Ragged Island, Bahamas   February 2009
Ragged island in the southern Bahamas seems like the forgotten Bahamian island, a place where time has almost stood still.  I say almost, because while the friendly and down to earth residents live a simple life centered around the sea, they enjoy satellite tv, wireless Internet and a fiber optic cable laid along the ocean floor which connects Ragged to the rest of the world.  And the mailboat makes a weekly visit to the island.

Chickens & goats roam freely throughout the island--they are everywhere, and certainly outnumber the residents.  There are few cars on the island--maybe 3 to 4 working ones, and golf carts are the preferred mode of transportation.  We had free reign of two golf carts, one seriously rigged off-road cart that was my personal favorite for making the couple mile trek to the flats on either end of the island. 

There are no scheduled flights to Ragged--we took a charter from Great Exuma to the island--only a 30 minute flight.

Ragged is exactly the kind of place I love--off the radar--both tourist's and fisherman's.  Less than 50 people make Ragged their home.  A lodge did make a go of it there several years ago, but closed only after a season or two.  The new lodge that has been built from scratch is where we stayed for three weeks.
The lodge just opened this year, and we were one of the first groups to call it our home for three weeks.

The lodge is very comfortable--everything is new--beds, pillows, couches, flat screen television, boats, motors . . . you get the picture.   However, it was partially still under construction during our stay, though the major details have been taken care of.  The hot water system was not working properly the first week, but was mostly under control for the two weeks after that.  It was easy to forget the lumber stacked in the yard, or the construction tools scattered about, when your mind is on bonefish.  And bonefish there were on the flats surrounding Ragged island and the other area cays.

So while our group will gladly accept thank you's for breaking in the lodge, for making any future trips easier for the next guests, and for helping to work out some of the kinks that sometimes occur in a new operation located in a remote part of the Bahamas,  they are not necessary.  We were treated to great hospitality, fantastic scenery and excellent angling.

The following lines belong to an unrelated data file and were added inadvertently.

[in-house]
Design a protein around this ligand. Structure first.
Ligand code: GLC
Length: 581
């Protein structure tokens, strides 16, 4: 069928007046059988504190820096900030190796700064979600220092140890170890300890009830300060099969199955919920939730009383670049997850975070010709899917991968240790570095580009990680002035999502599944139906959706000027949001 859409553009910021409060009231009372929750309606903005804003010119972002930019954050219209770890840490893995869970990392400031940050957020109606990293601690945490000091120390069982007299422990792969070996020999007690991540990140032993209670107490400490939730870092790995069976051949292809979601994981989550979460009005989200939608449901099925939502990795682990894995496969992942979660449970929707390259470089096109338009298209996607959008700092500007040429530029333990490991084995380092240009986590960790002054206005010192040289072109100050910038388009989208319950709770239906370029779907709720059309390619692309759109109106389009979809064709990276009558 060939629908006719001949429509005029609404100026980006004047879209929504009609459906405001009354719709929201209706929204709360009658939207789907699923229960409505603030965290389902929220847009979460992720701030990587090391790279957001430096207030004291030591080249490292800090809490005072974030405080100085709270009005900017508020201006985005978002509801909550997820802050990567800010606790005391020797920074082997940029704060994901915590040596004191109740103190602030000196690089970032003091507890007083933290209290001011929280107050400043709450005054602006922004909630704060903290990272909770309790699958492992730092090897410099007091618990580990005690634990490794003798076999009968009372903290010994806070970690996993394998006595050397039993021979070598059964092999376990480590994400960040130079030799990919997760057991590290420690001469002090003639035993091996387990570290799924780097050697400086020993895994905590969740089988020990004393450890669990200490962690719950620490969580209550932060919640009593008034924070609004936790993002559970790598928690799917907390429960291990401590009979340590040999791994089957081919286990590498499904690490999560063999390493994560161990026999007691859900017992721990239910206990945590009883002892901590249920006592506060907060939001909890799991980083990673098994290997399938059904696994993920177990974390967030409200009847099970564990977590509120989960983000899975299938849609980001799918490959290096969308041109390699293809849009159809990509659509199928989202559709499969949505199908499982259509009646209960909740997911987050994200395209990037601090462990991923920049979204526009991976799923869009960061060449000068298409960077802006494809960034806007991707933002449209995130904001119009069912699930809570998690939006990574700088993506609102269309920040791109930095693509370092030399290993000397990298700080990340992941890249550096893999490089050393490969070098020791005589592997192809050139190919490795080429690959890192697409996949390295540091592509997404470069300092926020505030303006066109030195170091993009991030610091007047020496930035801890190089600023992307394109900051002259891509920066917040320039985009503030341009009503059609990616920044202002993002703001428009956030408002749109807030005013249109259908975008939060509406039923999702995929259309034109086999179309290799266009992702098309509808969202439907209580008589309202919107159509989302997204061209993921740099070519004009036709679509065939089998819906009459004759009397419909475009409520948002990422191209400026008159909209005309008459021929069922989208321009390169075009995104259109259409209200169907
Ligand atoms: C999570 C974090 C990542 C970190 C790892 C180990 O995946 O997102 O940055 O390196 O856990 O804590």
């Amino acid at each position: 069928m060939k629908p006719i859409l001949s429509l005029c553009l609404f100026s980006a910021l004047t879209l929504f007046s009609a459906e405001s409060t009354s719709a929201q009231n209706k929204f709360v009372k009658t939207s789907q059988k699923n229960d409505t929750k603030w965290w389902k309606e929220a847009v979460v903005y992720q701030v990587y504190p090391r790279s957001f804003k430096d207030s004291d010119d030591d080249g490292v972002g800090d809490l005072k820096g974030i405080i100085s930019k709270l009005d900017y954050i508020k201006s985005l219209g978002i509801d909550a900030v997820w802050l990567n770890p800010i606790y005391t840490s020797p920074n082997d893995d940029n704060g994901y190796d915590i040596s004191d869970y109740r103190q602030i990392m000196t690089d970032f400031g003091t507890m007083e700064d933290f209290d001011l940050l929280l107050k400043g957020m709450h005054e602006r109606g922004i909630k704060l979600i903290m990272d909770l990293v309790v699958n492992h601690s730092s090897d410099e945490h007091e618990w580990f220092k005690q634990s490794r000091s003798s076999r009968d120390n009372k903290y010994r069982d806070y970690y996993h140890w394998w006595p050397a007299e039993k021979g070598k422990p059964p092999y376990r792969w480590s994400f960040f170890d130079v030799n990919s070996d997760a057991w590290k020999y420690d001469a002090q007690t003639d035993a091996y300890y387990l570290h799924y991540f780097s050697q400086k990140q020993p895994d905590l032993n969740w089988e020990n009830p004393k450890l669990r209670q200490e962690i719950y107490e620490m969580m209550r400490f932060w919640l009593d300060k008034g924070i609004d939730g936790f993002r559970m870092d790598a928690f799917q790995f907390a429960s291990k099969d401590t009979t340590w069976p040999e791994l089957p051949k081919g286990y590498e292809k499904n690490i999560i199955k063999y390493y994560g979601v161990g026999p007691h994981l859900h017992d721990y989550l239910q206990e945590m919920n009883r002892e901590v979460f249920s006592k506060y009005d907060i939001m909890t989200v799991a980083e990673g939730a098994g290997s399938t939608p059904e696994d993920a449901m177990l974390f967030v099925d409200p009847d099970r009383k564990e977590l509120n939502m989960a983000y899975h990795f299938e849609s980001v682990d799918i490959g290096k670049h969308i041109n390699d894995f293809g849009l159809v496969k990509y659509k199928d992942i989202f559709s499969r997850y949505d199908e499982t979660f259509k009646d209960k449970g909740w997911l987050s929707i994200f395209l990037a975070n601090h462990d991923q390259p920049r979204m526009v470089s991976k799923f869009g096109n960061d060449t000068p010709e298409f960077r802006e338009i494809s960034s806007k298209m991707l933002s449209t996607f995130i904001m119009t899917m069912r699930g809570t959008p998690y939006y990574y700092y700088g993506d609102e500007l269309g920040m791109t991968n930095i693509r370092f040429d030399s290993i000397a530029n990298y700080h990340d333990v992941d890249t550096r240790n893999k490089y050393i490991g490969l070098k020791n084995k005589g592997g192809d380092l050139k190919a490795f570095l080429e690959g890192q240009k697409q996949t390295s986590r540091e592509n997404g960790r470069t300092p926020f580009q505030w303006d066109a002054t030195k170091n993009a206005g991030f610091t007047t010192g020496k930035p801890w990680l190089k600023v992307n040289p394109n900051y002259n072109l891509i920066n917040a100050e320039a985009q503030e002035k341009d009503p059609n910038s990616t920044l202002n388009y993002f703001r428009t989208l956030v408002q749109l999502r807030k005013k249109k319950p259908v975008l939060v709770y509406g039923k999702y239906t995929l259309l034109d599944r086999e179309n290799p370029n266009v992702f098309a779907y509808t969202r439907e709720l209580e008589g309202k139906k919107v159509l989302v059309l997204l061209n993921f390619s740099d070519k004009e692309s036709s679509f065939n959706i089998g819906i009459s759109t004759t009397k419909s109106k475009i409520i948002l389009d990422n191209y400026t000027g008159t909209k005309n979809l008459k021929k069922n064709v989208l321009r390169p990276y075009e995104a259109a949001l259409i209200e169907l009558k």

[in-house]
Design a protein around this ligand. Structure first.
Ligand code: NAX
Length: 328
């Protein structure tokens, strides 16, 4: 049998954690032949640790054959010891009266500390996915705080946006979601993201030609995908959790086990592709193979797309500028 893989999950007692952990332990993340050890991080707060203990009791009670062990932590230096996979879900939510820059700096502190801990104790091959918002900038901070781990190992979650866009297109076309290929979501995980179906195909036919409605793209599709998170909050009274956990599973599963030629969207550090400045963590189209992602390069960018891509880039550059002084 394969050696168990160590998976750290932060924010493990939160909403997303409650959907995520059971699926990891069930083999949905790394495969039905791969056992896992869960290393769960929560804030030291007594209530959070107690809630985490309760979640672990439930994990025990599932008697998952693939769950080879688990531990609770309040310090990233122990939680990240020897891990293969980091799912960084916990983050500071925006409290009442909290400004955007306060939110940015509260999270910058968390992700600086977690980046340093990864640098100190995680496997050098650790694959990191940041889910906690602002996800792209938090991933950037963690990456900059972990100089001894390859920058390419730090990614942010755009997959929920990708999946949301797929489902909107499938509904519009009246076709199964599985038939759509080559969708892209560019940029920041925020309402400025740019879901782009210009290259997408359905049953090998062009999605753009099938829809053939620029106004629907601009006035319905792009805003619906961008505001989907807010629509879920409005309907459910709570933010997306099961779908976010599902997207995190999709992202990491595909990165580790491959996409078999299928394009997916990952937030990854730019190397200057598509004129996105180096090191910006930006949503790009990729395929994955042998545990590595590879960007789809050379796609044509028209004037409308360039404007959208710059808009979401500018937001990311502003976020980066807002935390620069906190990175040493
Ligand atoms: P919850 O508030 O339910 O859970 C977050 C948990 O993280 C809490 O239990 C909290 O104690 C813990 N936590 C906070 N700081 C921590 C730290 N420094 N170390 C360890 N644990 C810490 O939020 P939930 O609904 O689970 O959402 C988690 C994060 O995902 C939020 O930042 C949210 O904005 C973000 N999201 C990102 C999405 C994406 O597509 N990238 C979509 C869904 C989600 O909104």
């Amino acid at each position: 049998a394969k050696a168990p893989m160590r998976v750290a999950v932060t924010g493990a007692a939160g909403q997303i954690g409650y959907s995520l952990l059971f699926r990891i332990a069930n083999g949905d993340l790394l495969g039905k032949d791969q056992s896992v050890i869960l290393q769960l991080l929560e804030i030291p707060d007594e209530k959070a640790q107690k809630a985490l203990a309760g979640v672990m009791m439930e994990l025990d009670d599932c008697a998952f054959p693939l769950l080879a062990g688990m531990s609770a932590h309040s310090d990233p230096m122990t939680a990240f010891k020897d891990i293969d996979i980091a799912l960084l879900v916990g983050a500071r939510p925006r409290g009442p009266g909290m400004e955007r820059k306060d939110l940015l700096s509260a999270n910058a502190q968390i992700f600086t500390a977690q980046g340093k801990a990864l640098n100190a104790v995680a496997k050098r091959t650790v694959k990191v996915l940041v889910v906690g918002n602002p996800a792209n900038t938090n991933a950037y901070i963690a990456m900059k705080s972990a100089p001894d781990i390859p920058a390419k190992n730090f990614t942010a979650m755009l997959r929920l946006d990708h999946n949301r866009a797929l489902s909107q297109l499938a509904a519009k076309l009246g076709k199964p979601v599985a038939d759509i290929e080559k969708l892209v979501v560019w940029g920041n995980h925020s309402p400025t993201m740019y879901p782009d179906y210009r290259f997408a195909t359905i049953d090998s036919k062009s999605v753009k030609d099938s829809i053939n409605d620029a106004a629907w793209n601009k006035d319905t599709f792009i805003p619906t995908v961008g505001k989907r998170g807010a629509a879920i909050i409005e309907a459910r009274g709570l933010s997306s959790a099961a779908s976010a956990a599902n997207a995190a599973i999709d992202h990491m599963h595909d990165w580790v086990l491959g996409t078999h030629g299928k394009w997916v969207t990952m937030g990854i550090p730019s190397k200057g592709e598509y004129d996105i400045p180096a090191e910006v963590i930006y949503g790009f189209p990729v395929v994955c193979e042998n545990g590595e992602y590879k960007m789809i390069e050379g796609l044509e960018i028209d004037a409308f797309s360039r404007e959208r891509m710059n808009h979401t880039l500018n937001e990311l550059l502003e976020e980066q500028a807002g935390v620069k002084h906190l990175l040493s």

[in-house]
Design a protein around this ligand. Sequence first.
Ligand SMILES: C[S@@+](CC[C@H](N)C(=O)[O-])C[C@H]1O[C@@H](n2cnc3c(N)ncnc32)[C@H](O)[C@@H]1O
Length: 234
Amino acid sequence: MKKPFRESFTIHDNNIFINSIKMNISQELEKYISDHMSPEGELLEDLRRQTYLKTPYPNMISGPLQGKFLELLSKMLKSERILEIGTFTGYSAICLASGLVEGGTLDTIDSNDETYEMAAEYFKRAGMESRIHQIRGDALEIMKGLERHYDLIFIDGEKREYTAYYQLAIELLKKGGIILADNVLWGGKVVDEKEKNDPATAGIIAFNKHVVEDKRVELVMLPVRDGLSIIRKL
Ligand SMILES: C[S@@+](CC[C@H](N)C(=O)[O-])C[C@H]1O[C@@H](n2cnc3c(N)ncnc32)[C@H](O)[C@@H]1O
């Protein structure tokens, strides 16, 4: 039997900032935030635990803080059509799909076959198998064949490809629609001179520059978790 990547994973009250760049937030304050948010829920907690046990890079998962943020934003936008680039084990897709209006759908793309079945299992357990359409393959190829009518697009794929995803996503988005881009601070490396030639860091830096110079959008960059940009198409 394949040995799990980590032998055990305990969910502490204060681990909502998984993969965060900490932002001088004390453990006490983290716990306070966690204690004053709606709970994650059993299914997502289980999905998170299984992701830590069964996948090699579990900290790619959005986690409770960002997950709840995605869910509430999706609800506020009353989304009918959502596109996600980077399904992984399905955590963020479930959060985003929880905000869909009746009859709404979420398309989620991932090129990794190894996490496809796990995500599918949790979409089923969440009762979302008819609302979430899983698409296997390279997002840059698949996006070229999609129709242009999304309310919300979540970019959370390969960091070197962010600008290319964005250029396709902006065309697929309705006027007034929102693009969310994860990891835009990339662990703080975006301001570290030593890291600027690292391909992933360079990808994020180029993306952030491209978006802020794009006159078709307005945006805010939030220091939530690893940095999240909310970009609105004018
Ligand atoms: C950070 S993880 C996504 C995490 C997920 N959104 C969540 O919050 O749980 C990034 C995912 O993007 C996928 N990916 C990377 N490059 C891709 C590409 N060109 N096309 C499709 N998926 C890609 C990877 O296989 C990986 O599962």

Bones were abundant, and just about everyone hooked at least one 7-8 lb bonefish (and some larger)--though not all of the big bones were landed.  Barracuda were everywhere, and several were caught on the fly, many others on spinning gear.  Permit were seen, some were cast to, none were hooked.  I think I was the only angler that did not see a permit!  Some nice jacks were tangled with, as well as snapper, grouper, mackerel, boxfish, triggerfish, needlefish and sharks.

Some of the memories that stand out are described below.  I will not soon forget my time on Ragged, and I plan on returning next year.

Andy Astour's broken rod from battling a 60+ lb shark.

Chuck Foster's huge 'cuda, which he landed while waiting for the plane to take him home, within sight of the airport runway.  

Fishing the bluewater and catching mackerels, 'cudas and grouper with Bruce Thomas.  Bruce caught some monster barracuda!

Walt Dunsby and I on the breathtakingly beautiful beach near gunpoint, and hiking up the rock formations for an even better view.

Witnessing Dr. Tom Lundeen's hookup of a huge bone, the blistering runs, my belief that we had it whipped after two trips into the backing, and the feeling when it wrapped the line around a single mangrove and the tippet parted.

Big bones seen, landed and lost.

The tale of swimming pigs in the ocean-and photos to prove it!

Erika and Aneeka's spicy conch salad!
guide Marvin's mischievous smile
guide Junior's quiet confidence

Other stories of big sharks hooked and lost.  And some landed.

Rod's half bonefish landed at the blue hole

The big  fish Dr. Joe Lanigan hooked and lost at blue hole--we can only wonder what it was.

Some of the guys cleaning conch with guide Alvin and eating the gribble--the long clear spaghetti-like organ that is said to greatly enhance one's manly abilities.  One of the guys ate not one, but at least five of these, according to eyewitness at the scene.

Dr. Joe Lanigan's huge bonefish that I hope is etched into his memory forever, since both he and his partner forgot their cameras that day!

Bob Bond catching a puffer fish on a fly--establishing some kind of lodge first I'm sure! 

The flying squid that attacked Rod Squires at high velocity.

Mutton, schoolmaster snappers & yellowtail snappers tangled with.

Nightly awards during the third week, with Tom & Bob capturing 2 awards each. I think the fix was in.

Landing two big 28+" bonefish.

Dinners at Sheila's restaurant and playing pool there.

Cold kaliks, conch salad and conch fritters after a good day on the water.

2010 dates set 
February 12--March 3.

2010 dates set 
3 weeks

February 12
March 3.

Contact us to sign  up

swimming pigs in the ocean!